This is the main tutorial I followed to install Yunohost (“YH” for rest of blog) on a Digital Ocean (“DO” for rest of blog) droplet, and this blog is basically my expansion notes to go with it to help myself and others who might need.
Before you begin the rest of the YH setup work, make sure your owned domain is pointed to the digital ocean nameservers to get ahead of the propagation time which can sometimes take many hours or days.
Also, keep in mind that if you already have your domain loaded in Digital Ocean networking section, as soon as the new droplet is created or re-purposed for YH, point the main A records to to this droplet so that they can start propagating. The other thing I do is change the 3600 TTL time to 300 for the first hour while things are propagating, then change back to 3600 after the
dig yourdomain.com results or a ping test works on
ping yourdomain.com. I haven’t 100% confirmed this helps, but someone on the internet once said it does, so I do it. Feel free to research this further if you’d like.
Otherwise, the Digital Ocean networking stuff starts in step 6 below.
Initial Debian Droplet Creation on Digital Ocean
- Create your droplet. Must be Debian server, I learned the hard way after I installed a regular ubuntu server. It seems a pure Debian server is needed to run install script)
- The first time I did this, I used the following setup for my test: Debian, basic (shared CPU), Regular Disk Type (regular SSD), 1GB CPU | 25GB SSD storage | 1000 GB transfer. This may have been the result of a lot of pain and the eventual destruction and rebuilding of a droplet. You should consider what apps you plan to run on this install before choosing your droplet to avoid this and make sure the server has enough resources! After I started again with a 2GB RAM server, everything seemed just fine…
- I re-named the end of the scary default DO hostname to end in ‘yunohost’ so it was at least recognizable in my droplet list
- Create Droplet.
- Wait for progress bar to complete setup
- Go to the Networking/Domains section
- Enter your domain into the hostname field in the A records, and make sure it’s pointing to your new DO droplet.
Unique SSH Debian Setup Steps
I’m most familiar with a DO stock ubuntu droplet setup so to be clear, I had quite a few problems with this Debian setup related to the SSH key handling. I probably did something wrong / different and I wonder if I even needed to do this SSH key setup since YH will ultimately wipe out all the work and reconfigure SSH the way it wants… In either case, because I’m not sure and someone else might want to set up Debian SSH keys, here are the steps I finally did to make the server SSH keys work on this Debian droplet:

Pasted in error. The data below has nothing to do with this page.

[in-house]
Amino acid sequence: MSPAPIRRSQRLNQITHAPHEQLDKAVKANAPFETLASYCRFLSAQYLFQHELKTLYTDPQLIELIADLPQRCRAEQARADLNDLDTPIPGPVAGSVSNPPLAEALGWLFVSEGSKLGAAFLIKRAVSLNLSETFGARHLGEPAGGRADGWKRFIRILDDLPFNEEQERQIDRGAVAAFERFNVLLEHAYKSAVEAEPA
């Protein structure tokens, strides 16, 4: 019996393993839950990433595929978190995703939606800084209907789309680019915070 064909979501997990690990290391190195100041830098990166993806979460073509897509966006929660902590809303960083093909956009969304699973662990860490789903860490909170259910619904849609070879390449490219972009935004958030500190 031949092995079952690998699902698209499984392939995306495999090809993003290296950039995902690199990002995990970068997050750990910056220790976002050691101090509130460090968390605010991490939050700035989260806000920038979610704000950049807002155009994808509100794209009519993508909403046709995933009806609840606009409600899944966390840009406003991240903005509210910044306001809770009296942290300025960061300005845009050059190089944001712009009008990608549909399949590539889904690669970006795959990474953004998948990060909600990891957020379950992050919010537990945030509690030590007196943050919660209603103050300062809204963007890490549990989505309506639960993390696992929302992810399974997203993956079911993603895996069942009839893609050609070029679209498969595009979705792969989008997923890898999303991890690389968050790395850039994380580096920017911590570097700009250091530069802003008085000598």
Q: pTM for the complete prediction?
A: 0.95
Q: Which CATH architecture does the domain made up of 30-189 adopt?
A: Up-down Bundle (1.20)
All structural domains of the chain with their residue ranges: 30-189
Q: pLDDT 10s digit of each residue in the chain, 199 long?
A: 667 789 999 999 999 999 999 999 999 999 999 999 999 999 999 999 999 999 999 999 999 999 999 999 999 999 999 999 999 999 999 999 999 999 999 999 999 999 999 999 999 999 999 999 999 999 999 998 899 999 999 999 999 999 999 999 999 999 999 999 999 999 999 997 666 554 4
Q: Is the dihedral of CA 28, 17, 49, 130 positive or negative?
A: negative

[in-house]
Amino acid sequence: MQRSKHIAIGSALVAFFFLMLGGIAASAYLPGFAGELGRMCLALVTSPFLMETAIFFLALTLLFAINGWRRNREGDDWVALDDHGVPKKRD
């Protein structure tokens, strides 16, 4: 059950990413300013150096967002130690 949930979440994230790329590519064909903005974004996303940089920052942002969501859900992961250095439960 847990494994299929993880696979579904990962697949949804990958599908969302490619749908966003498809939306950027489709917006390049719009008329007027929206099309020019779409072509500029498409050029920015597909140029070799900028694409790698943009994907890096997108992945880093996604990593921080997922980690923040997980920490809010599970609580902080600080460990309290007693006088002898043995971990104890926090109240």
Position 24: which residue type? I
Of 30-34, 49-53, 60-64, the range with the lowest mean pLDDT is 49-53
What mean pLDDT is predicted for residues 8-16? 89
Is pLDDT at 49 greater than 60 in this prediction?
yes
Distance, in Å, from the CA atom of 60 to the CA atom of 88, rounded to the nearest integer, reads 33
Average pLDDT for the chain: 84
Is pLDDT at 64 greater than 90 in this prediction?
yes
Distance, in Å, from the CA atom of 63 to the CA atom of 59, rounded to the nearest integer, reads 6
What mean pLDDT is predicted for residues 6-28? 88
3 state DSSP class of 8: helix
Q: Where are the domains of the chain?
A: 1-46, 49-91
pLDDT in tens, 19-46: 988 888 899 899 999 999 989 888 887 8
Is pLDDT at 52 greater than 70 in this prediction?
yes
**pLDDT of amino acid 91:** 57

- Install the droplet (as per instructions above)
- In the ‘access’ section of Digital Ocean associated with your new droplet, ‘launch droplet console’
- Edit the Debian server’s SSH config file with:
sudo nano /etc/ssh/sshd_config
- In the file, scroll down and change the
PasswordAuthentication nooption to
PasswordAuthentication yesif not already set to that.
- Control x to exit, yes to save changes and enter key to execute the changes
- Close the DO droplet console
- In the ‘access’ section of Digital Ocean (same place), go down to ‘reset root password’ and let the system reset and send you the password – takes about 2 minutes, it seems, to do this and another 1 minute to wait for the email. This will go to your DO admin email account.
- In your admin area still, Log into the Droplet Console again as root. It will force the current password which is the one that just got emailed. After you enter that it will ask for the new password which you should have already created in a password manager or something safe. Enter that, and repeat that new password. Now you have a new root password. If you were wondering why I included all these steps in this section, it is to give you a safe password that you choose for your root user so that you can do the next steps (install Yunohost…). Again, when I installed plain ubuntu droplet servers on DO in hte past, I never had to go through this, but alas… you can leave this Droplet Console open as you will need to revert some settings in that sshd_config file in a minute.
- On local machine – assuming you already have private SSH set up from something else (if you don’t, search up a tutorial and set that up in the Settings / security section of Digital Ocean…) – fire up this in your local machine terminal